The arrival of the main force coincided with the failure of most of the unit's refrigeration units. Due the unavailability of freezer space, almost 20,000 pounds of fresh meat and fish remained aboard the Cheshire. By the end of December basic foodstuff like potatoes, fresh fruit and canned vegetables was being replaced by rice, barley and paw paws. Despite the efforts of the refrigeration mechanics, the units in the butcher's shop failed resulting in a possible health risk in that thawing meat dripped blood and water onto the sand, becoming a breeding ground for flies. The medical officer arranged for the area to be treated with a mixture of sump oil and distillate, the sand dug out from beneath the refrigeration unit and a concrete block poured in its place. Fly wire was placed around food storage and preparation areas to prevent food contamination, and innovative garbage can holders manufactured to lessen the area available for flies to breed. Before the hygiene and dietary problems were overcome, dysentery was a cause of concern. Conditions at Cocos Island were the subject of adverse reporting; the Brisbane Telegraph of Monday 4th February 1952 stated that the `shortage of fresh meat and vegetables and lack of proper facilities has brought most of the 500 airmen working on Cocos Island to "near mutiny"'. This claim was contradicted by Squadron Leader Lings who reported on his arrival late in January that `the high morale already existing mounted still higher with the arrival of mails, fresh foods, cigarettes and tobacco, films, amenities and equipment with which to work'.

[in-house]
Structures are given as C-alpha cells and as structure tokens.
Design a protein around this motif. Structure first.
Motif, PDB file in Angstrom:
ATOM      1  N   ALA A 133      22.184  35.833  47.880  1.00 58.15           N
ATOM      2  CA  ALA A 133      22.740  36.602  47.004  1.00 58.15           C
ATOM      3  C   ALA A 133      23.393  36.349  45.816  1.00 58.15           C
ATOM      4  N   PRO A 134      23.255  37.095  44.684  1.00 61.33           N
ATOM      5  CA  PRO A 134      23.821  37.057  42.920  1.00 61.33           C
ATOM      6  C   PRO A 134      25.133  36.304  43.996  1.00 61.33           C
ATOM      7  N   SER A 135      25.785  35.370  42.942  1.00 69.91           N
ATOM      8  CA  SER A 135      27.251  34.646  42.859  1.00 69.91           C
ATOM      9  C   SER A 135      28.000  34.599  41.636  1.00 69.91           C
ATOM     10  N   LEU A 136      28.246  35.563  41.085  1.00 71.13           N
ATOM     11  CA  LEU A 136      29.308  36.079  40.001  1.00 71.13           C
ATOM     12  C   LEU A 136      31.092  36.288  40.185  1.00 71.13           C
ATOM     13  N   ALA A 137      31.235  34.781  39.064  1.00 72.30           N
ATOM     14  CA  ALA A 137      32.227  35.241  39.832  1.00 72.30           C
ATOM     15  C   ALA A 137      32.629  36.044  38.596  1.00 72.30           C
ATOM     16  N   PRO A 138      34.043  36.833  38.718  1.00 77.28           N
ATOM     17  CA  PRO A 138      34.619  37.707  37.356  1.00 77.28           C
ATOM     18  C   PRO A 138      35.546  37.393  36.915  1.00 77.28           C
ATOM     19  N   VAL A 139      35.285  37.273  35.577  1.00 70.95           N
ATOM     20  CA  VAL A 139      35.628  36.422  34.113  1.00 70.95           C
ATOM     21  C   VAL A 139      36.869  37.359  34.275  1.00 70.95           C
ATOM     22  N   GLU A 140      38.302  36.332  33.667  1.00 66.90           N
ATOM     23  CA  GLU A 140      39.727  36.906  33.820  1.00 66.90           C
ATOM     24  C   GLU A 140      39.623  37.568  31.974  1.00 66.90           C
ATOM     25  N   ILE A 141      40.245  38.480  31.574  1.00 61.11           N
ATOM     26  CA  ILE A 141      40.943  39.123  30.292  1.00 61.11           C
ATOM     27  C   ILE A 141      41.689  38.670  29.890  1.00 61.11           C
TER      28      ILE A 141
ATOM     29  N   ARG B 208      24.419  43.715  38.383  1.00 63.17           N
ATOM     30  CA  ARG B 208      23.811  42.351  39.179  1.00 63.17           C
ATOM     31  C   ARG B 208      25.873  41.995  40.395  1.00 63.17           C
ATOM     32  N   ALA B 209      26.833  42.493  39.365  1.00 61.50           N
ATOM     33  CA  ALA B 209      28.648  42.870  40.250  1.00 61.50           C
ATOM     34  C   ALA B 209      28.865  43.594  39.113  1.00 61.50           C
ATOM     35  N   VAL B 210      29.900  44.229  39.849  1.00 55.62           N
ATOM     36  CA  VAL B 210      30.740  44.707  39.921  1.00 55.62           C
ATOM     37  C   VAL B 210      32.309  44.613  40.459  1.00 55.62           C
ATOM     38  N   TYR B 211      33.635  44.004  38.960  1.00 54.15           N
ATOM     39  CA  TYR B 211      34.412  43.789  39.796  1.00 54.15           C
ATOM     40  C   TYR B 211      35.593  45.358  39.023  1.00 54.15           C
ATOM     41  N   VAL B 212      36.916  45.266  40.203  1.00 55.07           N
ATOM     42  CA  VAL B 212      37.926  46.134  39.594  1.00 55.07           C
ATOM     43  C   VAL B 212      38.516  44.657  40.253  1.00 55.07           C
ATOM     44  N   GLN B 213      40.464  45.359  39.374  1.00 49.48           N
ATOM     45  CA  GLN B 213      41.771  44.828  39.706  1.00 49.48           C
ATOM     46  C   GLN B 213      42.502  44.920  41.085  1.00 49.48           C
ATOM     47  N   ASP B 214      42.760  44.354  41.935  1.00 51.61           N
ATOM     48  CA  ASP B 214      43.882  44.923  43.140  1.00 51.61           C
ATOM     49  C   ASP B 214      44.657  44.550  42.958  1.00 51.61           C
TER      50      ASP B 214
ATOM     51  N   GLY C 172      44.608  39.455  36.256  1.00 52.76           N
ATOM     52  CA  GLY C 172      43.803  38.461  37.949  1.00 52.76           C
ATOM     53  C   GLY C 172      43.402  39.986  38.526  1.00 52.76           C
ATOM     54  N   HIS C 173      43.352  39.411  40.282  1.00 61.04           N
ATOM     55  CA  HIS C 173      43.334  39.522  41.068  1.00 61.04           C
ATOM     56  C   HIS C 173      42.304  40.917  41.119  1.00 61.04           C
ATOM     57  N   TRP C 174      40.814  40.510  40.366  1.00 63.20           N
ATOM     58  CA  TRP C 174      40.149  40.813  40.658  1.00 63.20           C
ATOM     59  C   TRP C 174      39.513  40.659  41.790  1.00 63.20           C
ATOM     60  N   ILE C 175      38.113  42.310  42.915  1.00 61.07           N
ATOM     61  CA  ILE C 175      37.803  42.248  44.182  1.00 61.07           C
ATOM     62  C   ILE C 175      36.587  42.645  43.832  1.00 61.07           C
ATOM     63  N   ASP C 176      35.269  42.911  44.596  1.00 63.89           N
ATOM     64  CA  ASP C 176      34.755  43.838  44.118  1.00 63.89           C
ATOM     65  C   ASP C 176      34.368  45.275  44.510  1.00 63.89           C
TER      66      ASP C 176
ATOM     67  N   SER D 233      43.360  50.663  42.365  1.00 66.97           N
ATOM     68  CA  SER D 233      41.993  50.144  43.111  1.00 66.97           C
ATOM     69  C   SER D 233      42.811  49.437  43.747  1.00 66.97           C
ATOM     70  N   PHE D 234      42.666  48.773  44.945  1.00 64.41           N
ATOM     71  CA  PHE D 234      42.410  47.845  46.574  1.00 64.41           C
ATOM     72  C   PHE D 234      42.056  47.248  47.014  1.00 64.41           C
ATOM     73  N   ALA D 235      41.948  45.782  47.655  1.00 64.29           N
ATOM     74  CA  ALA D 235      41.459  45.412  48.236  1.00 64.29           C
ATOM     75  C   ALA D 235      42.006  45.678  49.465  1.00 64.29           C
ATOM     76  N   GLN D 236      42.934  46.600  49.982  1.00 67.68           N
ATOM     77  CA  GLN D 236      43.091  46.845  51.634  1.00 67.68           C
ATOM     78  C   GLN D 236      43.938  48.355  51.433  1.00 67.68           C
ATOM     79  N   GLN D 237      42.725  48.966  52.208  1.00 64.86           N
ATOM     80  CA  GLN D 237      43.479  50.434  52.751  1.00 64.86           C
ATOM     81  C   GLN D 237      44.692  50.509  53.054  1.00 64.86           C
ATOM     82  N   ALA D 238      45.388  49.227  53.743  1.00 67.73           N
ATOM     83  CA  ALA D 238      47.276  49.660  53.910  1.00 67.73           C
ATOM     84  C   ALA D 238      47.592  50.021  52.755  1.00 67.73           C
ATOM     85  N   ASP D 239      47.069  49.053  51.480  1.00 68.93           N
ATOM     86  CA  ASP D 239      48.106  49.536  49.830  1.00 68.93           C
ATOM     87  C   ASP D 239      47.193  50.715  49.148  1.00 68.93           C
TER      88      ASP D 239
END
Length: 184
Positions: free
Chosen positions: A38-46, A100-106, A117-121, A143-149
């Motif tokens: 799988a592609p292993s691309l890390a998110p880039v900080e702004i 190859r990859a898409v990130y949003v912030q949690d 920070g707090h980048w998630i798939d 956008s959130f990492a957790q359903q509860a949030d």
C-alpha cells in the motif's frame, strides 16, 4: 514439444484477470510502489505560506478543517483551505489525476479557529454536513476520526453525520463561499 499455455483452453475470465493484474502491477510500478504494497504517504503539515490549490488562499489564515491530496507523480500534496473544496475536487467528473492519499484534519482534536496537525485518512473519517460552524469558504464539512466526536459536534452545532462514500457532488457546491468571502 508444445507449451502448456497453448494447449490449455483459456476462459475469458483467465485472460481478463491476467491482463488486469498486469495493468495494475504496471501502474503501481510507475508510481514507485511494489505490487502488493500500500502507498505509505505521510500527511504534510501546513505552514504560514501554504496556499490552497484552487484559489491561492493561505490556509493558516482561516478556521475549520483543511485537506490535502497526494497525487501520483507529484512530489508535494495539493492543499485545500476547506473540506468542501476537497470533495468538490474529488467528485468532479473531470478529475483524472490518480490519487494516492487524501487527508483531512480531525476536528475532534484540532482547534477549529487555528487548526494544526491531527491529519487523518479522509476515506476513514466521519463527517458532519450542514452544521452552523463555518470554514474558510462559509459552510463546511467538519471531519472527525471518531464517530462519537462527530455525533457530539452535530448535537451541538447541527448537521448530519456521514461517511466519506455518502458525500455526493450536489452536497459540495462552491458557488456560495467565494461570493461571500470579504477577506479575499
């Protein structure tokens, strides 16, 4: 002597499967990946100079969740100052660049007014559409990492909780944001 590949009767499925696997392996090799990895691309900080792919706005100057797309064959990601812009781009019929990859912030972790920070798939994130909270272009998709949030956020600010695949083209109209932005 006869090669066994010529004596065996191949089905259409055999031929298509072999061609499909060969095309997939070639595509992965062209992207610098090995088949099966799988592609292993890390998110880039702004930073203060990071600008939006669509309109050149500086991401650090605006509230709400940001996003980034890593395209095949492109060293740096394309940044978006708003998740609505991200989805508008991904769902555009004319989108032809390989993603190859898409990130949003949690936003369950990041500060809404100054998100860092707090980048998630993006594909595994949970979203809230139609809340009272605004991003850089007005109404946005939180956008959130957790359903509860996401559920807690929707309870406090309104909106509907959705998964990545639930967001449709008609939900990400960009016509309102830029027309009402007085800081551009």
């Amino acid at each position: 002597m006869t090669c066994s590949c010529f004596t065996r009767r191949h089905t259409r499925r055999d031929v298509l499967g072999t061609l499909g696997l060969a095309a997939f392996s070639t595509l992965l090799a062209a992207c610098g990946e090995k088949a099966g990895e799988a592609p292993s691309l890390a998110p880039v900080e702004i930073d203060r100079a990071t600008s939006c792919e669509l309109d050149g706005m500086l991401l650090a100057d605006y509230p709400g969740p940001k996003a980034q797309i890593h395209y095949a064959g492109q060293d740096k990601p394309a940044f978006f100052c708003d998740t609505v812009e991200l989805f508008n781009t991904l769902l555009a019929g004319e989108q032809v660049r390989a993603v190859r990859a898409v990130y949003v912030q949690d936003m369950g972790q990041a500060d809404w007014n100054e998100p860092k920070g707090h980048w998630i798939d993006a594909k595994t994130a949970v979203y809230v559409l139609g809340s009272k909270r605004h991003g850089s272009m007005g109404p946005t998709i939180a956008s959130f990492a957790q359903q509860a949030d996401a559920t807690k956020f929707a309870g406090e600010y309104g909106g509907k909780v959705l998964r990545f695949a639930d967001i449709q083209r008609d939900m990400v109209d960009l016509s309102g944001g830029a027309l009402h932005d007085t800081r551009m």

An unfortunate accident occurred while men were attempting to augment their slender fresh food supplies by using a barge to fish off Direction Island. Leading Aircraftman A.D. Jones was hit on the head by the handle of a winch used to wind in the anchor. The medical staff decided that he required medical treatment not available on Cocos Island, and arrangements were made for a Lincoln aircraft to fly a mercy mission from Pearce, Western Australia. As the squadron lacked heavy equipment the preparation of the old wartime strip for the arrival of the aircraft had to be undertaken by hand. A wartime Liberator bomber, which had been abandoned on the approaches, was burned. The Lincoln, captained by Flight Lieutenant A.B. Boyle, landed on 3rd January and Senior Sister Helen Cleary took charge of the injured airman for the flight back to Pearce. The aircraft had carried much needed mail, and a small amount of fresh food to the island on its outward flight. Unfortunately, refueling the aircraft for the return flight depleted the existing stock of aviation fuel on Cocos Island, delaying the inauguration of a scheduled air courier service until further supplies were received aboard the tanker Heather on 26th January.